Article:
Of Boomers and Sandwichers
Parent care support for your baby-boomer parents
Their parents might have started the generation off with a bang, but for the millions of Canadian baby-boomers turning sixty this year and in the decade ahead, these once-vital fathers and mothers are now entering the twilight of their lives. Many of these people may need to enlist the services of parent care experts.
Statistics Canada is now processing new data from the 2006 census. However, results from the last census in 2001 indicate that close to 1.3 million Canadians are now between the ages of 80 and 95. This group represents the ‘boom-parents’, but what’s more, they represent a new responsibility boomers must come to grips with: the inevitable provision of care for those aging fathers and mothers. And the potential cost of that care is startling.
The cost of senior care
According to a Globe and Mail report in May 2006, caring for a loved one full-time over the years can cost upwards of $730,000 CDN. According to Statistics Canada nearly 1.4 million adults 45 and older juggle their time between a full-time job and caregiving for an elderly parent. That doesn’t leave much time to enjoy life, let alone process the emotional impact of facing their parents’ mortality.
While many boomers are dealing with new domestic challenges such as planning their own retirement years, one task that looms large is planning the caring needs for their parents. It is a subject many boomers are uncomfortable discussing, let alone managing. Still, it is the new boomer reality and the sooner they tackle the issue, the easier it will be to ensure a better quality of life, and emotional stability for themselves and their parents.
Then there is the “sandwich” generation, people in their 40’s and 50’s, who also struggle mightily as they deal with caring not only for aging and ailing parents and grandparents, but with continued provision of care and support for their own children as they start university, move out and require help becoming independent. Emotionally toiling times indeed.
A great way to ensure both groups are as supported as they can be in these challenging scenarios is to engage the help of a professional, personal healthcare management team. That’s where Qualicare comes in. They facilitate the management of a loved one’s care allowing family members to go from full-time caregivers to what they should be: supportive, involved and loving family who are able to spend time visiting in comfort and in peace.
Andrea Nathanson is a registered nurse and the executive director of Qualicare Inc. With 20+ years experience administering specialized healthcare service she knows a thing or two about the struggles boomers and sandwichers will have to face with ill parents. “It’s hard for everyone involved to deal with,” she says. “But when you’re faced with a palliative care situation or the need for crisis management, it’s best to consider what will make you and your parent more comfortable and at ease. Sure you can send them to the hospital, but other than comfort measures, and by that I mean pain-killers and other medications, what more can a hospital do?” As a registered nurse, Nathanson and her team of trained, RN case managers are allowed to provide these same treatment regimes in the comfort of clients’ homes, which eases tension and worry carried by the family.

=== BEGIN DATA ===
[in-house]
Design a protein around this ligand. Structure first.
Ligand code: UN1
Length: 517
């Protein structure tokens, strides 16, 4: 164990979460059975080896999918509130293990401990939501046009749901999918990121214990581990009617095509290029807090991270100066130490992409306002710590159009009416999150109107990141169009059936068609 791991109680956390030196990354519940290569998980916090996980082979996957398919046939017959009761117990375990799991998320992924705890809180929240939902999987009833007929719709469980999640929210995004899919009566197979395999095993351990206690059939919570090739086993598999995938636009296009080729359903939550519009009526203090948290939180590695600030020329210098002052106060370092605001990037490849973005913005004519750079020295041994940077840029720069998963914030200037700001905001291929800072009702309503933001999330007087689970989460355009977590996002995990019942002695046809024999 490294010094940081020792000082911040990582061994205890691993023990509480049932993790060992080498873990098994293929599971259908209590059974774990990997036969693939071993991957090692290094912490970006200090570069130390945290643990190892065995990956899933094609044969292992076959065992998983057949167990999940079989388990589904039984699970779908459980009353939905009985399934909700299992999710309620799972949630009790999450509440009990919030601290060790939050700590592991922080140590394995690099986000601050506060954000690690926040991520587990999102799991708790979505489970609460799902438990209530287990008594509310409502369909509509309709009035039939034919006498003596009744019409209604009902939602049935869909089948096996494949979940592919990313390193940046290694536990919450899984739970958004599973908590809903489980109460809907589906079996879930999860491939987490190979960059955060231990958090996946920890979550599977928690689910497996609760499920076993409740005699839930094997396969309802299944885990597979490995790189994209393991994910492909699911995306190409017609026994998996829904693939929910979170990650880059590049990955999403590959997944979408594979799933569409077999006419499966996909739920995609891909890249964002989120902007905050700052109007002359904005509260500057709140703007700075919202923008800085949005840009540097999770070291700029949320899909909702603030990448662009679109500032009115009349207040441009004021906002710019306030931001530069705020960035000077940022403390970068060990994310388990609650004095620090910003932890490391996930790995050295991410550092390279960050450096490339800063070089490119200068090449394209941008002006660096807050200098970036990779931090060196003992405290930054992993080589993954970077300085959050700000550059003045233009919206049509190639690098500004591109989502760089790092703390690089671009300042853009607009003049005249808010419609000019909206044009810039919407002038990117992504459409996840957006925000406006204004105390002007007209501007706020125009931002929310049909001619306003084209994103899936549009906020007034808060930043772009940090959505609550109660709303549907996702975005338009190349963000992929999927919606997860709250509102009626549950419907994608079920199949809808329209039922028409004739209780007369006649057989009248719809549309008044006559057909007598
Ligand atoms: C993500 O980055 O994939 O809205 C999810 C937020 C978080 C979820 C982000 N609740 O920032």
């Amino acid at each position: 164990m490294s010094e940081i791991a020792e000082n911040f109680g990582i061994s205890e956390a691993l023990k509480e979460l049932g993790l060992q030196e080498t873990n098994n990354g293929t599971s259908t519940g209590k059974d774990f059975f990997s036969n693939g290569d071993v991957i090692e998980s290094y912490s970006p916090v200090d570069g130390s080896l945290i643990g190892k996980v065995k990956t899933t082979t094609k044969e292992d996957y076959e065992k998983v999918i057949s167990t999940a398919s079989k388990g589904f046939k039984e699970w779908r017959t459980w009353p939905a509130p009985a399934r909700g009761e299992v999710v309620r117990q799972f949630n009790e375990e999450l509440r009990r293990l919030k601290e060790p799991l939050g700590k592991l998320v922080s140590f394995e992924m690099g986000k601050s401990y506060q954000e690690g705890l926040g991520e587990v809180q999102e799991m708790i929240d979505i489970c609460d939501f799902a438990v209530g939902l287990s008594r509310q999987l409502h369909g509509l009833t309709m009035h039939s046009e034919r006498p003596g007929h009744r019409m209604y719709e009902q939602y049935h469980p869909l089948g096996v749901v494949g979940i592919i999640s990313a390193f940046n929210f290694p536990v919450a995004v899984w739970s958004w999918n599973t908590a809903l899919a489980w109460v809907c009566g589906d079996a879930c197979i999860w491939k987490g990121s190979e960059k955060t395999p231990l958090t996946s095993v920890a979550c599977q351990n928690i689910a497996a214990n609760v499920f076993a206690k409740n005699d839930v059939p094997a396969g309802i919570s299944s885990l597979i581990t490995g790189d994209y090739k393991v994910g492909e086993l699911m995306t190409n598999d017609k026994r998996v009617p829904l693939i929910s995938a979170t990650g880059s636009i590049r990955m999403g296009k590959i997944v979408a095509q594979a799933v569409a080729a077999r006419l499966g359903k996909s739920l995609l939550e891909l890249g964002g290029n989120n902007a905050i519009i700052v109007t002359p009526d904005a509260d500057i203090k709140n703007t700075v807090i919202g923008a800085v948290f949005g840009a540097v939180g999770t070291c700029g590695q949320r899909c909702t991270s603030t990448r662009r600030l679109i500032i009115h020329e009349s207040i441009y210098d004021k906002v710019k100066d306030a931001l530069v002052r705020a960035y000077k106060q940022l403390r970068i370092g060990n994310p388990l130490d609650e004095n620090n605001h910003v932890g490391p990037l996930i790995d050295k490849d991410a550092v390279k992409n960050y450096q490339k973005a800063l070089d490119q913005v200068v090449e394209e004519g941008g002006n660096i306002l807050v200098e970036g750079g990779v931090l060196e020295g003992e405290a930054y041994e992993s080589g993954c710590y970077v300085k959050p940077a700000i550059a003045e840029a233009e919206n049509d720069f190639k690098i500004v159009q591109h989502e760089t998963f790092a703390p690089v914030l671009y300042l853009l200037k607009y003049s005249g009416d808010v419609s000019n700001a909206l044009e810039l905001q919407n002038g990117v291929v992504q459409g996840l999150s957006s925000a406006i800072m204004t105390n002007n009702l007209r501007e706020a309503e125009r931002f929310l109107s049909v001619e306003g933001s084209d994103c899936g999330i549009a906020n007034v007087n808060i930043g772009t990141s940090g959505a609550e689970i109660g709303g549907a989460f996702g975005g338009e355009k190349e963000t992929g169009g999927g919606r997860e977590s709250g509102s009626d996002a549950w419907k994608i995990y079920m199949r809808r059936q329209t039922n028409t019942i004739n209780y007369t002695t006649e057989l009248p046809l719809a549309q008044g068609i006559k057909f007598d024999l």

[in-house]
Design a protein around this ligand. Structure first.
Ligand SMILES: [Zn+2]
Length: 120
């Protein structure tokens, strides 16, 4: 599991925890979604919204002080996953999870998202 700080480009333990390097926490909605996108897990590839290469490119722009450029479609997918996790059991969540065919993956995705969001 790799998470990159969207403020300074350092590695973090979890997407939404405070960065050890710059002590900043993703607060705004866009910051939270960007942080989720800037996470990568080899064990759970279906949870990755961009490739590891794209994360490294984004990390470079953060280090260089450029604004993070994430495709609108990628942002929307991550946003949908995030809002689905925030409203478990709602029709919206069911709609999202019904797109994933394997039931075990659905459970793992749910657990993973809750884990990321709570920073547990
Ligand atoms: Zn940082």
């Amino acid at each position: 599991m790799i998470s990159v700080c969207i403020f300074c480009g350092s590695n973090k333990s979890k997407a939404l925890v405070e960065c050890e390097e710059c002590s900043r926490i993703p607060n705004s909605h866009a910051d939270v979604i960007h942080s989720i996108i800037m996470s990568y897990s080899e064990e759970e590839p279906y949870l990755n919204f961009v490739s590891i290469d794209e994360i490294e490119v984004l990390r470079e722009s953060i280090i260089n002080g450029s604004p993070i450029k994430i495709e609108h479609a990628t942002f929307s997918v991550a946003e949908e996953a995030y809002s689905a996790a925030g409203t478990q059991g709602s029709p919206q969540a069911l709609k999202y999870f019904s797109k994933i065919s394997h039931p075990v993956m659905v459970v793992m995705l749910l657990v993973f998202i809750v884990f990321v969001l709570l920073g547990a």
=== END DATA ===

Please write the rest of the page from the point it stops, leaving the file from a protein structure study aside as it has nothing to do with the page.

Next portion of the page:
Nathanson asks that boomers keep in mind the associated costs, both monetary and emotional, with keeping a loved one in the hospital for palliative care or extended periods of time. “Visiting [a parent] in the hospital incurs costs often not taken into consideration, and they add up. There’s parking, food, paying for overnight caretakers and any numbers of associated costs,” she says. “But with a service like ours, boomers know that their parents can stay at home, in comfort and surrounded by loved ones until their final day. This provides an environment designed to put the patient at ease so they can reflect on their years in their own recognizable surroundings.”
Just as important is the fact that with a service like Qualicare’s, boomers and sandwichers can free up valuable time for themselves to concentrate on simply enjoying the time left with their loved ones instead of trying to navigate the burdensome waters of the health system on their own.
Nathanson cautions that boomers and sandwichers also need to look after themselves while they care for their parents. According to the Heart and Stroke Foundation of Canada (HSFC), boomers are at ever-greater risk for cardiovascular disease due to increased stress, some of which could stem from the trauma of caring for a parent. And according to the HSFC after age 55 the risk of stroke doubles every 10 years. Managing stress and letting health care experts assist can mitigate this.
“My palliative philosophy goes to my mission at Qualicare which is: preventative health,” says Nathanson. “When I have a palliative client I know they are going to die and I can deal with that. That’s not so much my worry. My worry is for the family that is going to live on. The question I ask is ‘how healthy will they be at the end of the day?’ I take those people as seriously as my patients. Because if they are left ill or with feelings of guilt they can have health problems later on and wind up in the hospital themselves.”
That is why boomers and sandwichers would be well-advised to consider a specialized service such as Qualicare’s, so that they too can get the most from the time remaining with their parents, and endure less stress knowing that they have done right by them (and themselves) when all is said and done.
Qualicare provides expert parent care services and support. Whether you need to appoint a medical case manager or invest in at home care for your parents, we can help you. Contact us for more information today.